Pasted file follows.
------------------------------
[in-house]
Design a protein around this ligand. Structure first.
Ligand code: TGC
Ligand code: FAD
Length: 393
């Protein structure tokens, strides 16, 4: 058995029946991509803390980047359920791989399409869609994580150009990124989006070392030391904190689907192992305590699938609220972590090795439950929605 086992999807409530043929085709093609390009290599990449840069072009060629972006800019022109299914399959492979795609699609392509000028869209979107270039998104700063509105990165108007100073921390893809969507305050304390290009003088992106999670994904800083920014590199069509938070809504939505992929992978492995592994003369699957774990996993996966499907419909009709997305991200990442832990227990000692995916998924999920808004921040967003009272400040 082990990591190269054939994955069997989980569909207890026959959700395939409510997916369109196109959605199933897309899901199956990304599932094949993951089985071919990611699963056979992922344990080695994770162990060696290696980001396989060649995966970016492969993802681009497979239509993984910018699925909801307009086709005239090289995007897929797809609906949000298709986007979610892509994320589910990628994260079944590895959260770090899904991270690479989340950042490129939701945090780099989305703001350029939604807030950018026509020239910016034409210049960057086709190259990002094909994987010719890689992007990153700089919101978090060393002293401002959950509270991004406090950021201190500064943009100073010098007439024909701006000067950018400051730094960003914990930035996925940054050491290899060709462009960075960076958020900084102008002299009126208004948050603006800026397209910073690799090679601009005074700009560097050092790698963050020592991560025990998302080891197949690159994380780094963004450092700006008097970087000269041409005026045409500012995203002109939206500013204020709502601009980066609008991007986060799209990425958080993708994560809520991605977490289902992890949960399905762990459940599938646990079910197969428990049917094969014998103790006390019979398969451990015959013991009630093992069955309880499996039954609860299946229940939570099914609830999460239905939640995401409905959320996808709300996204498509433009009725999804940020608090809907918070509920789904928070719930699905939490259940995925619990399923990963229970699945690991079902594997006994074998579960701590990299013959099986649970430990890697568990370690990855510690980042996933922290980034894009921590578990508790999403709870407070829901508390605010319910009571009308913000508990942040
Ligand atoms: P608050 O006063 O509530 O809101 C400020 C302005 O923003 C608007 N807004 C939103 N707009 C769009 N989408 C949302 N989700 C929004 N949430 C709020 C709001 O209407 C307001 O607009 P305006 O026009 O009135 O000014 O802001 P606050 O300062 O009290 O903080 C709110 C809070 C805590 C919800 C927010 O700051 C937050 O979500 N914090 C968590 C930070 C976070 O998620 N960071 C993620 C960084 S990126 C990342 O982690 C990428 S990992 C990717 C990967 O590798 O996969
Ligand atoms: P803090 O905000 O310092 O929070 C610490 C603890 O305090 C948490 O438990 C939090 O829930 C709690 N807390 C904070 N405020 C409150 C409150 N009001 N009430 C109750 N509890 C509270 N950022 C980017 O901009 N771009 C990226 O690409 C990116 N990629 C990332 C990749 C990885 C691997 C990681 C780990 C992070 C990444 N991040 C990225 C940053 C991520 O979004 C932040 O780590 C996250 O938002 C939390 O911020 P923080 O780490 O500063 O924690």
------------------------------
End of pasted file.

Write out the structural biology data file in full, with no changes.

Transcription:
[in-house]
Design a protein around this ligand. Structure first.
Ligand code: TGC
Ligand code: FAD
Length: 393
């Protein structure tokens, strides 16, 4: 058995029946991509803390980047359920791989399409869609994580150009990124989006070392030391904190689907192992305590699938609220972590090795439950929605 086992999807409530043929085709093609390009290599990449840069072009060629972006800019022109299914399959492979795609699609392509000028869209979107270039998104700063509105990165108007100073921390893809969507305050304390290009003088992106999670994904800083920014590199069509938070809504939505992929992978492995592994003369699957774990996993996966499907419909009709997305991200990442832990227990000692995916998924999920808004921040967003009272400040 082990990591190269054939994955069997989980569909207890026959959700395939409510997916369109196109959605199933897309899901199956990304599932094949993951089985071919990611699963056979992922344990080695994770162990060696290696980001396989060649995966970016492969993802681009497979239509993984910018699925909801307009086709005239090289995007897929797809609906949000298709986007979610892509994320589910990628994260079944590895959260770090899904991270690479989340950042490129939701945090780099989305703001350029939604807030950018026509020239910016034409210049960057086709190259990002094909994987010719890689992007990153700089919101978090060393002293401002959950509270991004406090950021201190500064943009100073010098007439024909701006000067950018400051730094960003914990930035996925940054050491290899060709462009960075960076958020900084102008002299009126208004948050603006800026397209910073690799090679601009005074700009560097050092790698963050020592991560025990998302080891197949690159994380780094963004450092700006008097970087000269041409005026045409500012995203002109939206500013204020709502601009980066609008991007986060799209990425958080993708994560809520991605977490289902992890949960399905762990459940599938646990079910197969428990049917094969014998103790006390019979398969451990015959013991009630093992069955309880499996039954609860299946229940939570099914609830999460239905939640995401409905959320996808709300996204498509433009009725999804940020608090809907918070509920789904928070719930699905939490259940995925619990399923990963229970699945690991079902594997006994074998579960701590990299013959099986649970430990890697568990370690990855510690980042996933922290980034894009921590578990508790999403709870407070829901508390605010319910009571009308913000508990942040
Ligand atoms: P608050 O006063 O509530 O809101 C400020 C302005 O923003 C608007 N807004 C939103 N707009 C769009 N989408 C949302 N989700 C929004 N949430 C709020 C709001 O209407 C307001 O607009 P305006 O026009 O009135 O000014 O802001 P606050 O300062 O009290 O903080 C709110 C809070 C805590 C919800 C927010 O700051 C937050 O979500 N914090 C968590 C930070 C976070 O998620 N960071 C993620 C960084 S990126 C990342 O982690 C990428 S990992 C990717 C990967 O590798 O996969
Ligand atoms: P803090 O905000 O310092 O929070 C610490 C603890 O305090 C948490 O438990 C939090 O829930 C709690 N807390 C904070 N405020 C409150 C409150 N009001 N009430 C109750 N509890 C509270 N950022 C980017 O901009 N771009 C990226 O690409 C990116 N990629 C990332 C990749 C990885 C691997 C990681 C780990 C992070 C990444 N991040 C990225 C940053 C991520 O979004 C932040 O780590 C996250 O938002 C939390 O911020 P923080 O780490 O500063 O924690």